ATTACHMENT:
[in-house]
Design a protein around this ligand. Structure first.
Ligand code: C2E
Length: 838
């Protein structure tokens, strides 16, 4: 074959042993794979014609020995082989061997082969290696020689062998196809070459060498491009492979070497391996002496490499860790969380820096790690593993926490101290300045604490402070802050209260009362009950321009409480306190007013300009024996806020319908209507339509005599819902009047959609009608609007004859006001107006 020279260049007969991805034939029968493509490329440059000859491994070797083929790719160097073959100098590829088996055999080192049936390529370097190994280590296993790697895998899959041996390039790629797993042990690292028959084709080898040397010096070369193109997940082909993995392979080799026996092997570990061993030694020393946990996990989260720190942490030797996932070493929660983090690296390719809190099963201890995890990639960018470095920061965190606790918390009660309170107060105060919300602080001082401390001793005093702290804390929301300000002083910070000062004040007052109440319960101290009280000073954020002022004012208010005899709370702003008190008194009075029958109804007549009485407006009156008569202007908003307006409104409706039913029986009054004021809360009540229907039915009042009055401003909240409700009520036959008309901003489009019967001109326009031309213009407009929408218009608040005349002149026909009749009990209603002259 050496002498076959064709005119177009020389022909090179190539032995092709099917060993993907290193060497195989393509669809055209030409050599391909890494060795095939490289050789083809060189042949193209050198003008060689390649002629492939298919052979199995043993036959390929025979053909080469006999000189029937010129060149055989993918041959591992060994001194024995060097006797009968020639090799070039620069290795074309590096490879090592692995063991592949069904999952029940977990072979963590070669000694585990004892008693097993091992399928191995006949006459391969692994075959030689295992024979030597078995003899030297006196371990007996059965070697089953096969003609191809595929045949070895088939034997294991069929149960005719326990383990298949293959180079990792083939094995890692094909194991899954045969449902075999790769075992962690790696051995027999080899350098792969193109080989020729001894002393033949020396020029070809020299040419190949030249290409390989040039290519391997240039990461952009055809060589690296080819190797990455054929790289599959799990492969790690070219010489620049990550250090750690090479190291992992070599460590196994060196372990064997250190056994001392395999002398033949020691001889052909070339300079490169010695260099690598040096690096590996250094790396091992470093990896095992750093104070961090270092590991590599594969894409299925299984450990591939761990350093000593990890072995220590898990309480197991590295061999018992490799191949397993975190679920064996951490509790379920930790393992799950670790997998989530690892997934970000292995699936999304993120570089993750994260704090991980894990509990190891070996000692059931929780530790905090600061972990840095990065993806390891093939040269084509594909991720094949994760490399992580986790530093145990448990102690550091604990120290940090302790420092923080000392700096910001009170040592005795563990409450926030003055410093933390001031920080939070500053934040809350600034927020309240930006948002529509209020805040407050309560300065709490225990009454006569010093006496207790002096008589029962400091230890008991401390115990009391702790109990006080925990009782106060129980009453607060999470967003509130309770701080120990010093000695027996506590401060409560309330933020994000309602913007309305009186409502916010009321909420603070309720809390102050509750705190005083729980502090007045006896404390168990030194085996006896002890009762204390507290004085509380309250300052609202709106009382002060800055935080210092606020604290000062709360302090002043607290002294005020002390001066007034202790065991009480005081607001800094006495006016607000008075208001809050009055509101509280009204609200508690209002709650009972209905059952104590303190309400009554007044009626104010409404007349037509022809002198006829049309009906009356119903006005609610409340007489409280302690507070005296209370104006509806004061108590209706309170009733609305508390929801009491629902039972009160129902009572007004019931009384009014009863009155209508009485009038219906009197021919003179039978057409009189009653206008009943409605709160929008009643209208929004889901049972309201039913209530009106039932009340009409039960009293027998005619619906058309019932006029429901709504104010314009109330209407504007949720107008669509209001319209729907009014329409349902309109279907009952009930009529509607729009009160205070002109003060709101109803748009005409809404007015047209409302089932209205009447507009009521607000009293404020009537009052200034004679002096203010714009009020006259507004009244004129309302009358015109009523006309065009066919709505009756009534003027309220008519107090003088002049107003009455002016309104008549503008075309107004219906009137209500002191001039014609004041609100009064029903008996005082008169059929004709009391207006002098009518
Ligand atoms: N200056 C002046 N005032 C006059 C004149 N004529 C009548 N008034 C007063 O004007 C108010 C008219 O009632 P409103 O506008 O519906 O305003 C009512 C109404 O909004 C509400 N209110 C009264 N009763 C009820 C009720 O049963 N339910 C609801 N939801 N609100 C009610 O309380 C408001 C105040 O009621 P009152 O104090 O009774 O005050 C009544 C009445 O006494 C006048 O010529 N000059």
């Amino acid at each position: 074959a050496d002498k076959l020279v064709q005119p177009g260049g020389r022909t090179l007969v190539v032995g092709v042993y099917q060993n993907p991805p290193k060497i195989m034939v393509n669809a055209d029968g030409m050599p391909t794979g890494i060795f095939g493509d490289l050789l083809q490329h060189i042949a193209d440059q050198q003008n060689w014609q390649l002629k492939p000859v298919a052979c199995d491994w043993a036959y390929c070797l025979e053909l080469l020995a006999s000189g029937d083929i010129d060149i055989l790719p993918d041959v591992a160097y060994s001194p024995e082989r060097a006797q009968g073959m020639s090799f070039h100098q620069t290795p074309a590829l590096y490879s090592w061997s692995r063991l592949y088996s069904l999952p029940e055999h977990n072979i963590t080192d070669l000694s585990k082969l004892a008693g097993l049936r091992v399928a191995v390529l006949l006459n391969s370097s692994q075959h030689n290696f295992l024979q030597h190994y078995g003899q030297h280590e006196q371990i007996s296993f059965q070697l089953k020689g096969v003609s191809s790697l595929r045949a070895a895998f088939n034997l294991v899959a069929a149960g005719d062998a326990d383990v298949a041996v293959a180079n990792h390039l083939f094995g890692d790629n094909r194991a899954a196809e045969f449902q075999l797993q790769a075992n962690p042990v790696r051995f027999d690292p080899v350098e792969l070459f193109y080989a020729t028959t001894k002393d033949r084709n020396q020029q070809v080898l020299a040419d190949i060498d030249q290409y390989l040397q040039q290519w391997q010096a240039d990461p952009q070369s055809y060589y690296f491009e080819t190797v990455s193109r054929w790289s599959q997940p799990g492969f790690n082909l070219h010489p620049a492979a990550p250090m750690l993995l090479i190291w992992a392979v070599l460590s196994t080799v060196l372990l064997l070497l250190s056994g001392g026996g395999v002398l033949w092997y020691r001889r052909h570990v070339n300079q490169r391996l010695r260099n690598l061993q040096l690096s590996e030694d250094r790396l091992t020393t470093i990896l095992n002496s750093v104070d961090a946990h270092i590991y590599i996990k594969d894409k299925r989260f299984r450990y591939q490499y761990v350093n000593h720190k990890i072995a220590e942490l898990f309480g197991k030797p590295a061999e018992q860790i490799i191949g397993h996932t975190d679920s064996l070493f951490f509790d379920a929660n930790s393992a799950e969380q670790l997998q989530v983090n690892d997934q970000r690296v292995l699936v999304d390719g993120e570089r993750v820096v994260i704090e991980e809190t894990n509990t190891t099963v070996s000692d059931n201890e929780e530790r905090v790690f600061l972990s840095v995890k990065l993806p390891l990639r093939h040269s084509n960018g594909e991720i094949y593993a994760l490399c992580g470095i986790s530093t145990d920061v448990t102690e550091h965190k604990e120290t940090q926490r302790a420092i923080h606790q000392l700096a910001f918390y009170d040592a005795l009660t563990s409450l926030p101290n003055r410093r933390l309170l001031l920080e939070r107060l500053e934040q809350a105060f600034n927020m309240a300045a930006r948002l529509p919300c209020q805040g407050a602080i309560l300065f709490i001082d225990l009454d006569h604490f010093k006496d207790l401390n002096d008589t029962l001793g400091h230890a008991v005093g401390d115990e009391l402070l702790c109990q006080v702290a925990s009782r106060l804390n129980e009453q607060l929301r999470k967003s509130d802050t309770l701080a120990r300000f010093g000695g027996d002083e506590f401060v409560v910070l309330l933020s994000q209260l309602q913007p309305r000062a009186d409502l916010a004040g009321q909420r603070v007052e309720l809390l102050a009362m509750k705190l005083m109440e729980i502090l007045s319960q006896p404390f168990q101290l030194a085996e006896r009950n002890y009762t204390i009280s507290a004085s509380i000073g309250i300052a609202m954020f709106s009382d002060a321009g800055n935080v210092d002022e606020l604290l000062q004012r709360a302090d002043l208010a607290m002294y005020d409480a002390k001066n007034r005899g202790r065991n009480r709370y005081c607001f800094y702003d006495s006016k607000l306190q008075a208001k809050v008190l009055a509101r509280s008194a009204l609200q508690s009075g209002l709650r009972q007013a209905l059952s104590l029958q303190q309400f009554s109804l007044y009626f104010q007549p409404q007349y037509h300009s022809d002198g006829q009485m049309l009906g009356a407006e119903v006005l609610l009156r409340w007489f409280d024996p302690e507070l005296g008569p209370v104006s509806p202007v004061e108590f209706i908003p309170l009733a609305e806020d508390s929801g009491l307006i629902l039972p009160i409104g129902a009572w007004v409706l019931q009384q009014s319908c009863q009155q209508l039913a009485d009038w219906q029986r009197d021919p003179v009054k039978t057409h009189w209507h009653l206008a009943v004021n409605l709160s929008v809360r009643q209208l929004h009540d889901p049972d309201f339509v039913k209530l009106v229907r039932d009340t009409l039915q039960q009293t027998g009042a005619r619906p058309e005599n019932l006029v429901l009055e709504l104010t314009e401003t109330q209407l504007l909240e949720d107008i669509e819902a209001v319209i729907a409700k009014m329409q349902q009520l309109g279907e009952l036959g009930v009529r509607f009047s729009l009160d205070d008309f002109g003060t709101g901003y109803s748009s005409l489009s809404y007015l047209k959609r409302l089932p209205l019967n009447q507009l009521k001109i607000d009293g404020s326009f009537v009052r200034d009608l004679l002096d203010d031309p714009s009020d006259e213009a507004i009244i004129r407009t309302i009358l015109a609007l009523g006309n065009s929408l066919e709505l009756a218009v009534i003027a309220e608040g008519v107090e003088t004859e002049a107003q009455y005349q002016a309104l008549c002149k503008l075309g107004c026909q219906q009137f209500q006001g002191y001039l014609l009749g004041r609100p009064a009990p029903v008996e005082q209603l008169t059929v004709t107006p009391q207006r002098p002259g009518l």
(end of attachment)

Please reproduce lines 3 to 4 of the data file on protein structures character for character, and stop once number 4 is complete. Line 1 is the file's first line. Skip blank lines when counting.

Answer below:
Ligand code: C2E
Length: 838